I’m my years,, I’ve noticed a significant shift in preaching and corporate worship. Rather than teach theologically sound sermons where the application flows from the text, pastors are preaching like therapists and counselors instead of theologians. Most sermons I hear are more like self help messages. Many co8ld be given in a Muslim mosque because they want to be good people too.

    And in our worship, the focus of the songs we sing, or are at the top of the charts, have as their focus “self” not God.

    Forget style and look at the lyrics. We are either acknowledging our love for God, the gift we bring, offering a heartfelt prayer of devotion, encouraging ourselves in our walk, patting ourselves on the back for our faithful service, or, or, or….

    The point is it seems to me that the church has subtly thru the years reinforced or fallen prey to a drug. It’s more addictive than Heroin, Meth, or alcohol. It’s the self.

    Listen to the songs played on K-Love, for instance. They are a major peddler of the drunk of self IMO. Read the lyrics of the songs we sing in corporate worship. There are very few Revelation 4 type of worship songs. Our worship has become, IMO more of a transaction rather than as Ps 29 says, giving god the glory due his name.

    We may give but we expect some emotional gratification or encouragement in return.

    Like many addicts we are in denial.

    The cure to the addiction is simple but very difficult: Die to self.

    Just a passing drive by thought

  10. Em says:

    Josh, Canadian truckers…. since you ask…..

  11. Em says:

    Officerhoppy, last night I listened to a preacher (whose name must not be mentioned here) say exactly what you’ve expressed @ 12:23

  12. Josh the Baptist says:

    Ah, I guess the Canadian government employs the snipers? Just gonna mow the truckers down, I guess? Doesn’t seem likely.

  13. pstrmike says:

    giving thought to hoppy’s post……………

    The addiction to self. It may be the hardest addiction to admit, and the most difficult to become free of.

    I read this book last semester in a counseling class I took. It presented a spiritual discipline based on the 12 Steps of Alcoholic’s Anonymous. I believe that addiction is addiction, no matter what it is that we depend upon other than God. I don’t agree with everything in this book, but I think it gave a good pattern that can be implemented into a person’s life as a spiritual discipline that takes the focus off the self (or as Rohr and others would say, the false self) and place it upon God.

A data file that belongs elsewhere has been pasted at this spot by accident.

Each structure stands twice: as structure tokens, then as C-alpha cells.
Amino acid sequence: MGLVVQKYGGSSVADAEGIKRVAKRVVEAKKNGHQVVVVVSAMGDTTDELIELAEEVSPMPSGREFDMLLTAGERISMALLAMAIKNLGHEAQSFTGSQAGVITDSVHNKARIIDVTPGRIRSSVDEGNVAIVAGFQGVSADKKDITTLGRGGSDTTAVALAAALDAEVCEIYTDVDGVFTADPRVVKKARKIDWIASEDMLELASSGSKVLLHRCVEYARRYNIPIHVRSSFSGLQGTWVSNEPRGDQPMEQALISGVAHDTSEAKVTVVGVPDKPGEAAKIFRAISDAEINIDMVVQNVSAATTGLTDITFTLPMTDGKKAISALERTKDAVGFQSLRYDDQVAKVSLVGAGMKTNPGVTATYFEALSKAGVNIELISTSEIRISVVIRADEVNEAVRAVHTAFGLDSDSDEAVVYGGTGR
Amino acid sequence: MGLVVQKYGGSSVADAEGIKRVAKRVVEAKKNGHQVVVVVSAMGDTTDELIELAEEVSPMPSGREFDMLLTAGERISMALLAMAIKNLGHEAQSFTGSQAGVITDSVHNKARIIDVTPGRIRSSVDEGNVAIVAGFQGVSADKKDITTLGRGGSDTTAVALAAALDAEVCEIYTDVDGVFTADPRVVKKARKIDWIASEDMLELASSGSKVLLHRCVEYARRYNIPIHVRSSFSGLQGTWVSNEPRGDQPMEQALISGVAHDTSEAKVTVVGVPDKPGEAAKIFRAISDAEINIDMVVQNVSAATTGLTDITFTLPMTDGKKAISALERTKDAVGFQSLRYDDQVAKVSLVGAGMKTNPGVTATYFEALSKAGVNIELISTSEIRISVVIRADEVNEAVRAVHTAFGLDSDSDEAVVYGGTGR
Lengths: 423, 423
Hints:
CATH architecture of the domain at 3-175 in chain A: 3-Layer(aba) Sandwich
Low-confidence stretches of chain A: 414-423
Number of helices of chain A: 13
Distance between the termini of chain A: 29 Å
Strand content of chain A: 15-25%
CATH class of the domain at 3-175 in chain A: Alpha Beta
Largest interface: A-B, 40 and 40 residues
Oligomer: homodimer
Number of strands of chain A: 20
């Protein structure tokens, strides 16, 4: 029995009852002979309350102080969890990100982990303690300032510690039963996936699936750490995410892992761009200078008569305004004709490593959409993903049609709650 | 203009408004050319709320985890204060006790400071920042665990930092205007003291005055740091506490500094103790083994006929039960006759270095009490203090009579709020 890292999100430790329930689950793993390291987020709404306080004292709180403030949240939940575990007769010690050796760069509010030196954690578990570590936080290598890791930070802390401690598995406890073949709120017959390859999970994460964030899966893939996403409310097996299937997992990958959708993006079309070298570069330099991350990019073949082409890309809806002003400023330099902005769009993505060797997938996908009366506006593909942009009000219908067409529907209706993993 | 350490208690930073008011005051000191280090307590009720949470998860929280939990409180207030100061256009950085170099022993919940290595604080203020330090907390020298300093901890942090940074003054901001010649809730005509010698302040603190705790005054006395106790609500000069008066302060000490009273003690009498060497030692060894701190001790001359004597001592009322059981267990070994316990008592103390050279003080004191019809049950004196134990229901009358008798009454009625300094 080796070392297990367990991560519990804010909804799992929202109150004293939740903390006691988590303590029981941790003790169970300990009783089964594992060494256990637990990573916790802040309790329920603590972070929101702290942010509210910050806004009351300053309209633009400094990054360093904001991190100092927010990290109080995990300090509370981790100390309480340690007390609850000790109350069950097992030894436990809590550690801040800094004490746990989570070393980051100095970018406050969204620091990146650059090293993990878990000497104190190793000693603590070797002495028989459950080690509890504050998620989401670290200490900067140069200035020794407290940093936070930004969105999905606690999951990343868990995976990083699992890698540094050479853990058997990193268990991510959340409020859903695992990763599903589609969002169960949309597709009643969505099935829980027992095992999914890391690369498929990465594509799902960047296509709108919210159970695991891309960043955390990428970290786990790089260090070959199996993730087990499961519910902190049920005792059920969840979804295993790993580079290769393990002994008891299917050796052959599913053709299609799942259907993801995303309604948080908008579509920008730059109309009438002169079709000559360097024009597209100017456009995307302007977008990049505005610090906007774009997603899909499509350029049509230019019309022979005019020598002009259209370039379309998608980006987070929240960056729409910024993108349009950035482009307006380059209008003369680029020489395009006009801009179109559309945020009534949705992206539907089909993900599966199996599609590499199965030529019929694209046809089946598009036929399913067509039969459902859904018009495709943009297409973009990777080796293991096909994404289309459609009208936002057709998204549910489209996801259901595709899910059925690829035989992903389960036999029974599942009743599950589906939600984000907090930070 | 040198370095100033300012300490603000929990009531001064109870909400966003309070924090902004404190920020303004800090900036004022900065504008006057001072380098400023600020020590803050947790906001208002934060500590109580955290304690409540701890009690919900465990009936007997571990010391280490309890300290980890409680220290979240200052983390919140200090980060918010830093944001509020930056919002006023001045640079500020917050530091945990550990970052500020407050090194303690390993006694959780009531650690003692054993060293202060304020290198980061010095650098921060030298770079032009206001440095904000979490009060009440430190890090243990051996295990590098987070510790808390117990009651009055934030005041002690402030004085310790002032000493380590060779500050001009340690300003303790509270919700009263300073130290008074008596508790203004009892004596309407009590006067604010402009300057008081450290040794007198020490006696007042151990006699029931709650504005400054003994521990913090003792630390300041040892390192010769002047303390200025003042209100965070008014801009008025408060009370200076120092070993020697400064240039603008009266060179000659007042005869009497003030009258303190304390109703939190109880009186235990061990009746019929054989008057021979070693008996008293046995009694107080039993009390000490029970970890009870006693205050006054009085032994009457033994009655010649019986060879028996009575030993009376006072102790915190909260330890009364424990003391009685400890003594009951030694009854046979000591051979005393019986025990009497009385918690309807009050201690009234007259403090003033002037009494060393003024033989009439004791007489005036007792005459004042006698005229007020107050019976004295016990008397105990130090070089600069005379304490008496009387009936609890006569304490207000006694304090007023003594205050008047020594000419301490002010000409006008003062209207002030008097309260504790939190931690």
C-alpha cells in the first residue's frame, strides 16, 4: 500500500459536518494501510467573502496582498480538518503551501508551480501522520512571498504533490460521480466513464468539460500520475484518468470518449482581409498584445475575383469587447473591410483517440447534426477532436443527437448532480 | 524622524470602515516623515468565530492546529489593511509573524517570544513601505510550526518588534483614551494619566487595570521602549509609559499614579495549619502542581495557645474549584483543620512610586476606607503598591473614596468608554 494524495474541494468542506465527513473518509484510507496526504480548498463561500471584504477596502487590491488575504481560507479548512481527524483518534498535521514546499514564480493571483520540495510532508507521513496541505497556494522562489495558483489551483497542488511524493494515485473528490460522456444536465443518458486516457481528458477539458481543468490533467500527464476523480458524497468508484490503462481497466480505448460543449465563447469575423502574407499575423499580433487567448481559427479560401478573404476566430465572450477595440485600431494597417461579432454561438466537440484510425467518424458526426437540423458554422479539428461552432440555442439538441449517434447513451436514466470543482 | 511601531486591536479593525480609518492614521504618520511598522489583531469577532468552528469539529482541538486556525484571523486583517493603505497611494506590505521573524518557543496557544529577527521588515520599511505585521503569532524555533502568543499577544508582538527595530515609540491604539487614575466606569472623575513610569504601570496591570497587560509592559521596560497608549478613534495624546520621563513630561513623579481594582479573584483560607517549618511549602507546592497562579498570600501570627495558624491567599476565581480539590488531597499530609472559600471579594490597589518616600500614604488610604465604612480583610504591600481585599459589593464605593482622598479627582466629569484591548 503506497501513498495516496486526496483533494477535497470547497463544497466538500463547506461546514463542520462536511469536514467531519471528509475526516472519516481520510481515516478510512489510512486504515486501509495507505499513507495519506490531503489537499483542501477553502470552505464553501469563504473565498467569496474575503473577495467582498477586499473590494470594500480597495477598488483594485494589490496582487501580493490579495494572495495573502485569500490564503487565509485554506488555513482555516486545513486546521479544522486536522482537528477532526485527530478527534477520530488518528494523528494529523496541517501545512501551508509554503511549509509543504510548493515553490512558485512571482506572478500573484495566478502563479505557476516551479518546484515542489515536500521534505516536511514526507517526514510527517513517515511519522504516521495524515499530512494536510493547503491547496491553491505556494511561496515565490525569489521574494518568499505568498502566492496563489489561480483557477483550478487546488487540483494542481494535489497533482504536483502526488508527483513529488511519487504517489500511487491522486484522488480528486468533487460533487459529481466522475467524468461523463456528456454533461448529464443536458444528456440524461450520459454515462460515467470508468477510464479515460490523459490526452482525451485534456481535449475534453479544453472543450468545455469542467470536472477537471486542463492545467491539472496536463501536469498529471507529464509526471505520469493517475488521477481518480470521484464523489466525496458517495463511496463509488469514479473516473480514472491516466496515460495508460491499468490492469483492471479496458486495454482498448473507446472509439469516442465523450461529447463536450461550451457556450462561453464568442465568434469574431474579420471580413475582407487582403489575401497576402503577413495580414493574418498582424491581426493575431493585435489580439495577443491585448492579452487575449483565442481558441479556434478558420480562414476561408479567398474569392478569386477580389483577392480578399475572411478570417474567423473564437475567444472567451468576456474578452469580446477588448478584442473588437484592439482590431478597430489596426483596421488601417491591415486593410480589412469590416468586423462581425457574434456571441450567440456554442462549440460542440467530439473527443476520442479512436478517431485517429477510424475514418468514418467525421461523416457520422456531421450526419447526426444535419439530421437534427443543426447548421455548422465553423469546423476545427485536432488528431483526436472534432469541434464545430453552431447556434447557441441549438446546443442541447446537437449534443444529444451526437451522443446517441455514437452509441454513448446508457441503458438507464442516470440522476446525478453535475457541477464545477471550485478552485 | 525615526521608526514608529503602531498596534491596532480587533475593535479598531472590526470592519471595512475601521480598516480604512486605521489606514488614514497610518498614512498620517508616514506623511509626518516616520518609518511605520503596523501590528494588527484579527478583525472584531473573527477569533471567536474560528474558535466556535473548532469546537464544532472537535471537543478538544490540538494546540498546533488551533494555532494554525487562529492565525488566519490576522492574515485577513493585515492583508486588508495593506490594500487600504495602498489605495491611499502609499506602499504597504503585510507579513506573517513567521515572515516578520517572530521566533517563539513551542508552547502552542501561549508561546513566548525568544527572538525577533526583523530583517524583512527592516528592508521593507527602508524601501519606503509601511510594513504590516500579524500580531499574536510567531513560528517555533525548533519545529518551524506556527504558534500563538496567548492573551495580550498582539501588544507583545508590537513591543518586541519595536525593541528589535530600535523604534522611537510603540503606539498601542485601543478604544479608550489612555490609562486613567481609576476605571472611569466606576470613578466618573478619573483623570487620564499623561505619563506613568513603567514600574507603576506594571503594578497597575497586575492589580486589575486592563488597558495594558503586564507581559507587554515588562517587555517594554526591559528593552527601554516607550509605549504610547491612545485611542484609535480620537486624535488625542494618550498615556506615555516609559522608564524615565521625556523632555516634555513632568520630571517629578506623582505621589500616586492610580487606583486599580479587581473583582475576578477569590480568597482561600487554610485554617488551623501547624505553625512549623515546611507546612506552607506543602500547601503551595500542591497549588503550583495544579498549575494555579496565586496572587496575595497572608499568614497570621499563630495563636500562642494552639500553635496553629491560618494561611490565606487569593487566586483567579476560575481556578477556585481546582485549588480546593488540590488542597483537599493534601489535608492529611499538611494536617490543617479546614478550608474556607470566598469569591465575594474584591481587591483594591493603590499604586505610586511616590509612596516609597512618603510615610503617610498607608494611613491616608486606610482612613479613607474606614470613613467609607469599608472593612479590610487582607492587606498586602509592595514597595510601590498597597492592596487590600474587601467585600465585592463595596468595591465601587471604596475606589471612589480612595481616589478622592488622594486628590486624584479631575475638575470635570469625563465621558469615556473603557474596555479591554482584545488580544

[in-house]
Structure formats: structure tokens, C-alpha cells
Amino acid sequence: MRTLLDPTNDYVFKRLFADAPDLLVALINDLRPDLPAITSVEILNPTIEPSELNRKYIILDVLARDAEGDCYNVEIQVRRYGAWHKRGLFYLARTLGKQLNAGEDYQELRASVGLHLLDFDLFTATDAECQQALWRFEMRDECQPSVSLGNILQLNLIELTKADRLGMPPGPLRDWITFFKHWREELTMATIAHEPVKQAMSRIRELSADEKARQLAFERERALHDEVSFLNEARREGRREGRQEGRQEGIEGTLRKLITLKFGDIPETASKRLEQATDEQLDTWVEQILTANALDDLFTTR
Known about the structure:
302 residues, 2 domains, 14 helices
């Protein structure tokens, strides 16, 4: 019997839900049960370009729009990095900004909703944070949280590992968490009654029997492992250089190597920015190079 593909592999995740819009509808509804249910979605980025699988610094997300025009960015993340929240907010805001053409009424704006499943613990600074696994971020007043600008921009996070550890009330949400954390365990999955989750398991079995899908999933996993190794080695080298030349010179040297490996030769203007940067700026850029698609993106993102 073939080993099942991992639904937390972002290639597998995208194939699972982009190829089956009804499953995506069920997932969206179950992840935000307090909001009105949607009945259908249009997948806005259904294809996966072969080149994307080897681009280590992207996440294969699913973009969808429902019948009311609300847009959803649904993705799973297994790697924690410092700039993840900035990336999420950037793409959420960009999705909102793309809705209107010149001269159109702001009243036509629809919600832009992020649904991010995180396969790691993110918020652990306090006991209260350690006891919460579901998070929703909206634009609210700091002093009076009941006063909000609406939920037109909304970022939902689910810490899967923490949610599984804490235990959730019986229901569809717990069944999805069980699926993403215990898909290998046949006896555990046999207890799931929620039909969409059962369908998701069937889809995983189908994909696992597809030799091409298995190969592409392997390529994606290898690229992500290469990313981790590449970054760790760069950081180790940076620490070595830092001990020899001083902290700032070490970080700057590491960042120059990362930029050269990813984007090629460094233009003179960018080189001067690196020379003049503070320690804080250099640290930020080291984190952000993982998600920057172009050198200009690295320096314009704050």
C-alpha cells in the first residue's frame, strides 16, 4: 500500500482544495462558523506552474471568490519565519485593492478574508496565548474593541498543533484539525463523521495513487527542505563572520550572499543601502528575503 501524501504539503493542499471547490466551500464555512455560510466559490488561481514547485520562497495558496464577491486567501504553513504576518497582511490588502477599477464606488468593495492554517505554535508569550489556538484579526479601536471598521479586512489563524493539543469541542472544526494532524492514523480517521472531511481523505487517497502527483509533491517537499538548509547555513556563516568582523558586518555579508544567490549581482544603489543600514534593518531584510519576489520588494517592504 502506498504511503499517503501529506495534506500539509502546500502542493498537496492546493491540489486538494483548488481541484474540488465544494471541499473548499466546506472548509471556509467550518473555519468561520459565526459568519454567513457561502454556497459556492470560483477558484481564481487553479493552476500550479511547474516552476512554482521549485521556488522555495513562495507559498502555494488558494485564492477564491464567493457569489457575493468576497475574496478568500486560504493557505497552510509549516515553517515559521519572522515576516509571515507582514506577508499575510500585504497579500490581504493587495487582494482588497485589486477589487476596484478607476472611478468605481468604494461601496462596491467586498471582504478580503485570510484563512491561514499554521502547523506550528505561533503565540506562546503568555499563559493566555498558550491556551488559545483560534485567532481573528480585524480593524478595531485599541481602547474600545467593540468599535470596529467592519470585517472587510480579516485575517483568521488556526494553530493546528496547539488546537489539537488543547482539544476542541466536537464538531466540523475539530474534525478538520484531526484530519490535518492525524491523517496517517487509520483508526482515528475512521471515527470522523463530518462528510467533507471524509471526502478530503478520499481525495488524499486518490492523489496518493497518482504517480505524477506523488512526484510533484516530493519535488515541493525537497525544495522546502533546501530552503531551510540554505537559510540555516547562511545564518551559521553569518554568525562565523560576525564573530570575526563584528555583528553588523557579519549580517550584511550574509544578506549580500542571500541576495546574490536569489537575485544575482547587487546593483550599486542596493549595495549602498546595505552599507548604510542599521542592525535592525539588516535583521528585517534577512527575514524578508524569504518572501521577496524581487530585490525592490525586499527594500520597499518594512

https://www.amazon.com/gp/product/0060657677/ref=ox_sc_act_image_1?smid=A1I1V7QUWSMYGA&psc=1

  14. Officerhoppy says:

    Mike
    Thanks for the response and the Link. Curious this comment you made: “ believe that addiction is addiction, no matter what it is that we depend upon other than God”

    So is it your believe that we were created to co-dependent? That may not be the best word. But love to hear your thoughts

  15. Em says:

    Josh, like the lower 48, the government is not their friend now

  16. Michael says:

    The Canadian discussion could go south in a hurry…best left elsewhere.

  17. Em says:

    Will comply, Michael
    God keep! ! ! 🙏

  18. Officerhoppy says:

    I am in a cohort of three scholars that meets weekly to discuss theological things. One of them is a Jewish man, a follower of Christ, and an engineer with two Ph.D’S

    He wanted to bring some clarity on Jesus’ use of the word “Abba”. While it can be used as an intimate term like “daddy” or “papa” that is not the general meaning of the word.

    It is more than that. Here is what my Jewish cohort member wrote, “ The real meaning of Abba
    When I landed at the Tel Aviv airport in June 2007, I had to use the restroom after a long delay: I had just been interrogated by the Israeli authorities—I’ll spare you the details—for three hours upon landing in Israel for the first time. Let’s just say I had to go.

    Washing my hands in the restroom, I overheard an exchange between a Jewish father and his son. You should know that they both knew English and Hebrew. The father said to his son (in English), “When I ask you to do something, I want you to call me Abba.”